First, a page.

We speculate a bit as well. Possibly possessed half-dragon, a mama dragon really pissed at having eggs stolen, or having a dragon slave attack those who are not “sufficiently faithful.”
Shiba is pretty sure the blue glowy towers are supposed to represent The Nameless Spires, a set of magical ruins on the north pole that radiate incredible magical energy that no one has ever returned form attempting to explore. And the fanged storm arms represent the morozkos, the killer storms that hit this area in the winter.

Shiba: black standing stones, north pole magical ruins, icy lake on our path, enemy wind spirits, demonic goddess? Oh joy.
Cadmus: You know we need to walk into those magic towers, right? Right?
Shiba: That’s probably a good idea. I meant “bringing up our hostess is a good idea”. Walking into the magical towers that no one ever returned from seems problematic as a plan.
Cadmus: Aw. “No one ever comes back” is clearly a challenge. To us.
GM: 🙂
Cadmus: We’d be cheating Destiny if we didn’t take it on
Shiba: It looks more like “get advice from our hostess”, then “take the caravan to unaimo”, then “find the lonely tower by the lake”, and then? Hopefully kill a behir and teleport to Tian or something.
GM: ((NO MORE AND THEN!!!))
Cadmus: and then seek out the mystical towers. Gotta be good stuff there if no one ever returns!
Shiba: Uhm.

and we called it there!

Parting Shot
It’s a good thing that Ted set the altar on fire. Otherwise, we would have all likely been “pecked” to death by armor-piercing attacks. 1d+3 isn’t all that much, but when you can only dodge, things can get ugly fast.

All sorceresses have tattoos,
I guess, but this one had a map!

Today was Pathfinder, day, with +Jeromy French as GM, and +kung fu hillbilly and +Matt Sutton joining me as players. +Joshua Taylor and Evil Gimble was missing tonight.

I am going to unashamedly talk spoilers here, so be warned.

Last game ended with a combat, our tower had been attacked by quite a large force. We’d reinforced anyway, and as usual we played out the battle mostly with the teeming hordes of the bad guys in the background. We basically wound up chasing a sorceress around for a while, eventually killing her.

Turns out there was some interesting stuff tattooed on her back, which naturally Evil Gimble had flayed off and made into a nice portable map.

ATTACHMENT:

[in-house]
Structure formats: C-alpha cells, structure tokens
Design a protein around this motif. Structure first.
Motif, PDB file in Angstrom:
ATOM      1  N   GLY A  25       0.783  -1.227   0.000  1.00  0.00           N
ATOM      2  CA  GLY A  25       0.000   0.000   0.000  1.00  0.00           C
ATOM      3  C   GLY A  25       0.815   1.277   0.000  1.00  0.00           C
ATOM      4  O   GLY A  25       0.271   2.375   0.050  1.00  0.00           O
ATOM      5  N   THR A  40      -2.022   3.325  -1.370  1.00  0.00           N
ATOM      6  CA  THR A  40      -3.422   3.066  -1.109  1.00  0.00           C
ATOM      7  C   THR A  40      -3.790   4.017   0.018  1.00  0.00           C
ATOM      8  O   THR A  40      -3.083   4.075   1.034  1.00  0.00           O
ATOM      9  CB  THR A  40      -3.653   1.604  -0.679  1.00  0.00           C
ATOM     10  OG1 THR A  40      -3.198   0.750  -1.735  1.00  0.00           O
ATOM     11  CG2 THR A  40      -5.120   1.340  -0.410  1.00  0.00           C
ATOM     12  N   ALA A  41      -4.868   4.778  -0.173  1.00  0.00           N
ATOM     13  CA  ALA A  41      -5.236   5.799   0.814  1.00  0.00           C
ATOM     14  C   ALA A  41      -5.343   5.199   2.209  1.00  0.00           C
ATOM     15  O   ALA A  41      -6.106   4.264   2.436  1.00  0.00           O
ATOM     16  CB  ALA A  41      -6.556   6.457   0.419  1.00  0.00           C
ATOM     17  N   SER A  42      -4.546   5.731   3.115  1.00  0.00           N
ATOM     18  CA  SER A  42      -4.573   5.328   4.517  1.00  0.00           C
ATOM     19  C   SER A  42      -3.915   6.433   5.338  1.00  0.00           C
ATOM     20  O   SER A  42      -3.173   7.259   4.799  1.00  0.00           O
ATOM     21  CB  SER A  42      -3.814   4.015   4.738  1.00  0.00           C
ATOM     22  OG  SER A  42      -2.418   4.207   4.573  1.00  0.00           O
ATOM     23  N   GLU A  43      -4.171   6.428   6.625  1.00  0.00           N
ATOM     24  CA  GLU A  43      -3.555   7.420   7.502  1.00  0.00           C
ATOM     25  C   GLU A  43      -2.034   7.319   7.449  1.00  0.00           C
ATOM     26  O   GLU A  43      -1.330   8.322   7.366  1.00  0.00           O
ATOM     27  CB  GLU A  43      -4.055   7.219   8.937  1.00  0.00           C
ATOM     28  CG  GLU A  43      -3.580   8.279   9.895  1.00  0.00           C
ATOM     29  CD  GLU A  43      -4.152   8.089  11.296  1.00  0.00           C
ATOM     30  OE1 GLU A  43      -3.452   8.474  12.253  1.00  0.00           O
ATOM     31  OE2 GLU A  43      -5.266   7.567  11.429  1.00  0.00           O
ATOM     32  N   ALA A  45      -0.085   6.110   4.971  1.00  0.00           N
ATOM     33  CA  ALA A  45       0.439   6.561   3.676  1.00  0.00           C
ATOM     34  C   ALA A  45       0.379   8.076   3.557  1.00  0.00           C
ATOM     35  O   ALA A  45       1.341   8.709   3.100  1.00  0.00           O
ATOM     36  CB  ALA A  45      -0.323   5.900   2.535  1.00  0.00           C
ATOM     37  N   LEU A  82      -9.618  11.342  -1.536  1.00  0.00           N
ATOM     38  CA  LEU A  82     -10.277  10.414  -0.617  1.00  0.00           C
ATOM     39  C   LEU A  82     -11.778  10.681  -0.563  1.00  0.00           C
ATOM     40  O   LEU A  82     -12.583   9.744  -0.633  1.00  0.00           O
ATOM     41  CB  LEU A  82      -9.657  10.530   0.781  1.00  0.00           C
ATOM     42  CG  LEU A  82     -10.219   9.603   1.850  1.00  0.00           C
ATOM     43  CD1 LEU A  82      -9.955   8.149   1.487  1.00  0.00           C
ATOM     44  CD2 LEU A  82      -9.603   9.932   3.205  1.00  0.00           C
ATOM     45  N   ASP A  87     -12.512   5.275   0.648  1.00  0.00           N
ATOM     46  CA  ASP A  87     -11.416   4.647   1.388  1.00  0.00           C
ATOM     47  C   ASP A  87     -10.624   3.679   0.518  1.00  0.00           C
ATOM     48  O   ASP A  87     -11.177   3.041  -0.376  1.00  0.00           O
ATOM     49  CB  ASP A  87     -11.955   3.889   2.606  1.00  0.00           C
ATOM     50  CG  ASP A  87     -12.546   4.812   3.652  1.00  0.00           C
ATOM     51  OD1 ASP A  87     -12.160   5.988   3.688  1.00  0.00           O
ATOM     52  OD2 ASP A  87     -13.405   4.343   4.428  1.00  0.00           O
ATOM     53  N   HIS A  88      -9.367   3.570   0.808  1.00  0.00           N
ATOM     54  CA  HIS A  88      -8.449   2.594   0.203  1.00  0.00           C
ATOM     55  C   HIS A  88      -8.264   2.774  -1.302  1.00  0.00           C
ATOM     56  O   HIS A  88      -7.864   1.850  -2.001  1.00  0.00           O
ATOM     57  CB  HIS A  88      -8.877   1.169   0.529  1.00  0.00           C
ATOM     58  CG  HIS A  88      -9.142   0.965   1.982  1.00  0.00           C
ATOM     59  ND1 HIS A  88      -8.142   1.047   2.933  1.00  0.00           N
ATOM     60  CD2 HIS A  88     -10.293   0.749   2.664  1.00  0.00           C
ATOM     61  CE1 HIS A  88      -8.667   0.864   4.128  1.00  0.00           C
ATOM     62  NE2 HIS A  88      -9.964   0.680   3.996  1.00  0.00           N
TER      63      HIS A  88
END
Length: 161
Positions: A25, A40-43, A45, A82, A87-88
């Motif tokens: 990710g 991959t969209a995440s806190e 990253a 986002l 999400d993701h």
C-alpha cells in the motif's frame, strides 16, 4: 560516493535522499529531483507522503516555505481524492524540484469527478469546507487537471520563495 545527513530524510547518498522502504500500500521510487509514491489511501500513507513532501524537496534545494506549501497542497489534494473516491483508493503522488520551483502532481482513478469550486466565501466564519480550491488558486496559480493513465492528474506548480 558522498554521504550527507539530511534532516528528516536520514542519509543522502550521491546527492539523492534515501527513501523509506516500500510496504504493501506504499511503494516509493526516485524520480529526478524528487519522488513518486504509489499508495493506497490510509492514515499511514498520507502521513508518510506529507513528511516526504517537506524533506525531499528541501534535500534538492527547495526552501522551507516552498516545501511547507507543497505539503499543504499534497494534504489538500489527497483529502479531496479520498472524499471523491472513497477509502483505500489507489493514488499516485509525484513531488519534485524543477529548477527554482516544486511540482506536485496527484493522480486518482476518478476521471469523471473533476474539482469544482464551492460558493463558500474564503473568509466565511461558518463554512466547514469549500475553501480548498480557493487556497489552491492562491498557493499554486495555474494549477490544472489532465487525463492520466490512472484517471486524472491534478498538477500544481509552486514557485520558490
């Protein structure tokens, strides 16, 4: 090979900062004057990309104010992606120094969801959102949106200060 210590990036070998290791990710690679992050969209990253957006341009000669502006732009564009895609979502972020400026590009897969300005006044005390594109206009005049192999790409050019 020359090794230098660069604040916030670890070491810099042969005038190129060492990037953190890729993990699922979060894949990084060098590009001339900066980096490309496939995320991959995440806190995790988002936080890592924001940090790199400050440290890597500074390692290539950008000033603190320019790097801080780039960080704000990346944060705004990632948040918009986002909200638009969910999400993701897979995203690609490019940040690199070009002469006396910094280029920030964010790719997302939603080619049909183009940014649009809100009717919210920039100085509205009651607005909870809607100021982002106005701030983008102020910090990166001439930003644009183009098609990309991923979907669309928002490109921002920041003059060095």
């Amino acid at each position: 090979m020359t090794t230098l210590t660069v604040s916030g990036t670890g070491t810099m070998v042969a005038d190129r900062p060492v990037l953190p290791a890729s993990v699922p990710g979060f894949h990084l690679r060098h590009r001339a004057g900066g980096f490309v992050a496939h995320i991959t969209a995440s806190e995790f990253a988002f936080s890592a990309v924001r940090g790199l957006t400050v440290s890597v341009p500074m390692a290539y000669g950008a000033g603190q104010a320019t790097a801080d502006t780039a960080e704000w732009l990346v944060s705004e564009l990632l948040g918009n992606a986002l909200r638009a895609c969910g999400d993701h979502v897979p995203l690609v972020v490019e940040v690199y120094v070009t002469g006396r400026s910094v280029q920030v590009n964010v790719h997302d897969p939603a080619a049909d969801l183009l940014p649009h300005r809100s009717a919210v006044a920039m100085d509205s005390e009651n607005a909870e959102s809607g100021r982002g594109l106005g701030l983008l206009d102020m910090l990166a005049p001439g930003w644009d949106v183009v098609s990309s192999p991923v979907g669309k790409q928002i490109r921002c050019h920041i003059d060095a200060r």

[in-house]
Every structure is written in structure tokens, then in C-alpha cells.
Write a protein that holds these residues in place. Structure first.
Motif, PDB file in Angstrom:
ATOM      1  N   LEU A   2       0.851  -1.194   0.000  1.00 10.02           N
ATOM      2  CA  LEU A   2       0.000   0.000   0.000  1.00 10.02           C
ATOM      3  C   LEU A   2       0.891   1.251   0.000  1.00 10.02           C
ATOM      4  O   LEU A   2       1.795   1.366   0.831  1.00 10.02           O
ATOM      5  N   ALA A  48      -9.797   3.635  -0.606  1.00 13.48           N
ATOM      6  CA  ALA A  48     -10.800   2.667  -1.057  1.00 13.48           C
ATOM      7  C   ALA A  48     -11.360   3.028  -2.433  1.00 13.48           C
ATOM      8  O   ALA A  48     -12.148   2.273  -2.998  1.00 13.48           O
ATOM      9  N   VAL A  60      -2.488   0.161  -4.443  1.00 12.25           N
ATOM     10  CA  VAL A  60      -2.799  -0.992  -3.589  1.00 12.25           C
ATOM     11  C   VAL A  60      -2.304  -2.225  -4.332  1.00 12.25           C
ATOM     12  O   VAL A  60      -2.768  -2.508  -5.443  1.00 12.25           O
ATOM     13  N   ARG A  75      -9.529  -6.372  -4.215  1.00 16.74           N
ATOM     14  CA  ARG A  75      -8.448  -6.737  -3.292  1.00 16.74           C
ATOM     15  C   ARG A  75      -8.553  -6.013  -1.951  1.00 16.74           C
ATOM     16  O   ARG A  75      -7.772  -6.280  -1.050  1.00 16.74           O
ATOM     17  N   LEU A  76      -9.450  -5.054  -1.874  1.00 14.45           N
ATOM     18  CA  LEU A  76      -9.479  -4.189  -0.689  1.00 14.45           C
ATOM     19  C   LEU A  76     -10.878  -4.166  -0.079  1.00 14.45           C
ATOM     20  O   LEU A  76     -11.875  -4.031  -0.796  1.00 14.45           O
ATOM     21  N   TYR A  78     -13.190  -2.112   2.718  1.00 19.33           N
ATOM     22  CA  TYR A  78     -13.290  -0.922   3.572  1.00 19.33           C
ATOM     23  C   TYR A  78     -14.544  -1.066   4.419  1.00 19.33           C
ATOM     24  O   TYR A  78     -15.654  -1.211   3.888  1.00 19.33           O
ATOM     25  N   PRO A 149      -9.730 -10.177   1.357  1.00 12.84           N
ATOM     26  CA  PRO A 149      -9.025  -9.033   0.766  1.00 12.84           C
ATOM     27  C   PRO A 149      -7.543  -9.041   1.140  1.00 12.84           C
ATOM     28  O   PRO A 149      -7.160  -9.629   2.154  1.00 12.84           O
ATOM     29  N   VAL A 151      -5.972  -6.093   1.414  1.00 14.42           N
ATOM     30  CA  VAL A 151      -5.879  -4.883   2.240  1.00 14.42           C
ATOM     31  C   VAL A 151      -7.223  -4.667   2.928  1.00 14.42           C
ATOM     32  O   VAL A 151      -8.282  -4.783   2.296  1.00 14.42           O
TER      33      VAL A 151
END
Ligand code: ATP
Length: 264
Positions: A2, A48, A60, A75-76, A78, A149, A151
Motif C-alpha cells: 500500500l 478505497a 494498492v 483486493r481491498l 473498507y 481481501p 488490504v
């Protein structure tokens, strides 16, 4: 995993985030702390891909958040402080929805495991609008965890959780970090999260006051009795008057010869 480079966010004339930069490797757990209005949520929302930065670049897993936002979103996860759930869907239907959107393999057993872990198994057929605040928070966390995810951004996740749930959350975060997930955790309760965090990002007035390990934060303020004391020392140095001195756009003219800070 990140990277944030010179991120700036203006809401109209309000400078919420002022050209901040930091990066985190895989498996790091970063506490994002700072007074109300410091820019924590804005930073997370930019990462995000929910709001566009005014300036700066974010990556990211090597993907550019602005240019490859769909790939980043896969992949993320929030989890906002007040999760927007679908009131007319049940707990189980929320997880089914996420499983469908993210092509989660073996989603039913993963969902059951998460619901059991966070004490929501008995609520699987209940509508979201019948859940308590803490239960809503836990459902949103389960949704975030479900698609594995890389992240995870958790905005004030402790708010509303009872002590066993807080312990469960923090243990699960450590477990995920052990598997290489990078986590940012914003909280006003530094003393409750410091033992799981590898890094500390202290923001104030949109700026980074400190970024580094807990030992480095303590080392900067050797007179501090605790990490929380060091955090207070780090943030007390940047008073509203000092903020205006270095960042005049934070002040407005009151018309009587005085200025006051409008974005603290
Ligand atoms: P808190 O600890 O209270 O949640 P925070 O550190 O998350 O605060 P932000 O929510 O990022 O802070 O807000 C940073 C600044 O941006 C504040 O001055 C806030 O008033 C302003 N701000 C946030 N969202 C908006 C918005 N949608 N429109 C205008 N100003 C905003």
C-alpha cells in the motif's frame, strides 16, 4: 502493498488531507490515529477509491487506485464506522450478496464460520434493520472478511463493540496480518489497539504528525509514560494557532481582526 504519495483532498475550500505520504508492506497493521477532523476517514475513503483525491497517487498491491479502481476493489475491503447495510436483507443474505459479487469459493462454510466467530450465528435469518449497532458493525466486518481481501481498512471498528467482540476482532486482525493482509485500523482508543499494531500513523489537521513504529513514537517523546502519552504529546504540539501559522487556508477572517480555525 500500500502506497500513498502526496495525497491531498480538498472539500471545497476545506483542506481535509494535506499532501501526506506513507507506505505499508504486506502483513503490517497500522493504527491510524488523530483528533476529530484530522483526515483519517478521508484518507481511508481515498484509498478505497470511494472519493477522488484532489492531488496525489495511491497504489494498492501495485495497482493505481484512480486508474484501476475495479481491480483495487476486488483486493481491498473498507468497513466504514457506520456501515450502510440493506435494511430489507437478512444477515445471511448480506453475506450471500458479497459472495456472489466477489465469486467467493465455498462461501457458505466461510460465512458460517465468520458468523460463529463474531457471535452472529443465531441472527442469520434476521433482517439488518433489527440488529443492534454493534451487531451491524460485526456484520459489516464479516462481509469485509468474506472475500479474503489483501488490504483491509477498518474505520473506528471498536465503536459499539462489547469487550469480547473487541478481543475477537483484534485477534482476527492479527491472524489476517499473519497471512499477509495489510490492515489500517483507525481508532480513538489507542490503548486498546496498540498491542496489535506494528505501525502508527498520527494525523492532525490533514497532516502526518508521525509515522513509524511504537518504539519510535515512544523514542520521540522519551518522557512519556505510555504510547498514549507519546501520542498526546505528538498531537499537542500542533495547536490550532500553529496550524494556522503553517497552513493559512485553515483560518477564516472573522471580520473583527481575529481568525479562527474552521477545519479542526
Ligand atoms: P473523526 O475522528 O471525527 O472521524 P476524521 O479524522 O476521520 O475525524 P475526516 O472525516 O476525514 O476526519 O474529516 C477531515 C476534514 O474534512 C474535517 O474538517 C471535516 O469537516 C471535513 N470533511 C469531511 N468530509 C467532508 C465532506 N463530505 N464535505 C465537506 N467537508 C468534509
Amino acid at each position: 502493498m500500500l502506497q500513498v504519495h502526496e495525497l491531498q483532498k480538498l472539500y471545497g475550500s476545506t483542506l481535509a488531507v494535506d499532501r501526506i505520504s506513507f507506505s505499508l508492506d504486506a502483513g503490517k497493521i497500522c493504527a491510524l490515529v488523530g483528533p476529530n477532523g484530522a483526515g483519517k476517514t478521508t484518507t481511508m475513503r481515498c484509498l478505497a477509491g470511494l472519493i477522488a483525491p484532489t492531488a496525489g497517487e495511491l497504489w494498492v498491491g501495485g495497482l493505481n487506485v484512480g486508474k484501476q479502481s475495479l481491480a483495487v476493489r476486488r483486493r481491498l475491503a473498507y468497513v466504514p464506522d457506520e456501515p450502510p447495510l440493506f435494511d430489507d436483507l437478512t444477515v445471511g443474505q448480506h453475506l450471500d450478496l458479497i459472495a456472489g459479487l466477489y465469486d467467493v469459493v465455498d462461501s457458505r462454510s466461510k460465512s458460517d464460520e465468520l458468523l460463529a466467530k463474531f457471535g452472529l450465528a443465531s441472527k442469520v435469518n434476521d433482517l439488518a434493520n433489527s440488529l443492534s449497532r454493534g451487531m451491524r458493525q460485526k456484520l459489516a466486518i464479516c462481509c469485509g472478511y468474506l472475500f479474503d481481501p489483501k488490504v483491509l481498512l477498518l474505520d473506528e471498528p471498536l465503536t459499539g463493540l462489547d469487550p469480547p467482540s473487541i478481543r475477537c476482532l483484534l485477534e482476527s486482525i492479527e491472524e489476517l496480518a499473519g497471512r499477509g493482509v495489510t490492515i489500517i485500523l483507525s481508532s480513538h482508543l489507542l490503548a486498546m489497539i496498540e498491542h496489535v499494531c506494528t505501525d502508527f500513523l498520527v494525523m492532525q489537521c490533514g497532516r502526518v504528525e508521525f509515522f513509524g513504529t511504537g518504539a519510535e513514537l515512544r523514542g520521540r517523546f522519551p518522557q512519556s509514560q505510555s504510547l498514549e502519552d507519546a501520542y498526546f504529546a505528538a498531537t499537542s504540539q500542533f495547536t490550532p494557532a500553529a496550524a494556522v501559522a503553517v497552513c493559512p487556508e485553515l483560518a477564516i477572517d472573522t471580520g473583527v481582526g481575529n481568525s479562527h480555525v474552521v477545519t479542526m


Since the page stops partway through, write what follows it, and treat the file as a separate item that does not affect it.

Hey! Something like this . . . but skin

Evil-aligned characters can get away with that sort of thing, and the rest of us neutral types mainly just make noises of “is that really necessary.”

Anyway, the map had a key bit on it, a bit of a puzzle-poem, which I won’t fully reproduce.

Nonetheless, Admiral Allejandro (Kung Fu Hillbilly’s bard) totally nailed every single Knowledge: Local and other Knows Trivia roll he was asked to make, so we were able to deduce the rough corner of the ocean we should visit.

It was only a week away, so we gathered up a crew, set sail, and headed out doing what pirates do: looking for buried treasure.

The area we arrived at reminded me instantly of somewhere I’ve seen before: the Big Blue Hole in Belize. Other than some typically odd vine structures which led us to decide that there was no way in hell we were taking our ship in there, we more or less did pretty well in figuring out where to go (it didn’t hurt that the critical

Perception roll to see man-sized caves was a 33). Anyway, we decided that we’d needed to wait until dawn to ensure we got the right place. We did, saw what we expected to see, figured out the final clue without die-rolling, and went spelunking. Or climbing, and then digging, and then falling, and then spelunking. And attacked by Sahuagin.

These are like Nazis to Indiana Jones: “Sahuagin. I hate these guys.”
“Sahuagin. I hate these guys.”

Anyway, thanks to the off-camera action of Evil Gimble, we had lots of potions to let us breathe underwater and give a nice bonus to Swim. So despite forgetting the Coral Crossbows we’d looted which work remarkably well underwater, we made fairly short work of five or so Sahuagin, taking a few minor wounds in the process.

Next week, Gimble will hopefully join us as we continue the dungeon crawl to look for the loot.

This is a combined report of the last two sessions. On hand were +Nathan Joy (GM), +Emily Smirle , +Theodore Briggs , +Mark Langsdorf , and +Kevin Smyth.

Last time, we basically headed out for Tian, journeying north for an epic trek across the frozen top of the world. We got ambushed in a narrow passage, with a 100′ tall cliff of ice and snow to the south, and a frozen fast-moving river to the north. I recall we only had perhaps ten yards of flat ground at the bottom.

We triggered it ourselves, I recall. We thought “obvious place for an ambush,” and Thumvar, I think, was close on hand and probably caused the creature (a three-headed chimera) to trigger his trap, which was a very wide avalanche!

The avalanche raced down the cliff, and those of us in the zone beat feat (on horses) to escape the zone. Well, those of us who could not fly.

That was a bit of a tense moment. Dawn made some epic Light Walk rolls to run up the face of the tumbling snow, and Shiba and Cadmus did a lot of steering horses through a bad snowfall. All in all, we handled that well. Then we noted a horde of undead frozen guys coming for us.

This failed to impress Cadmus.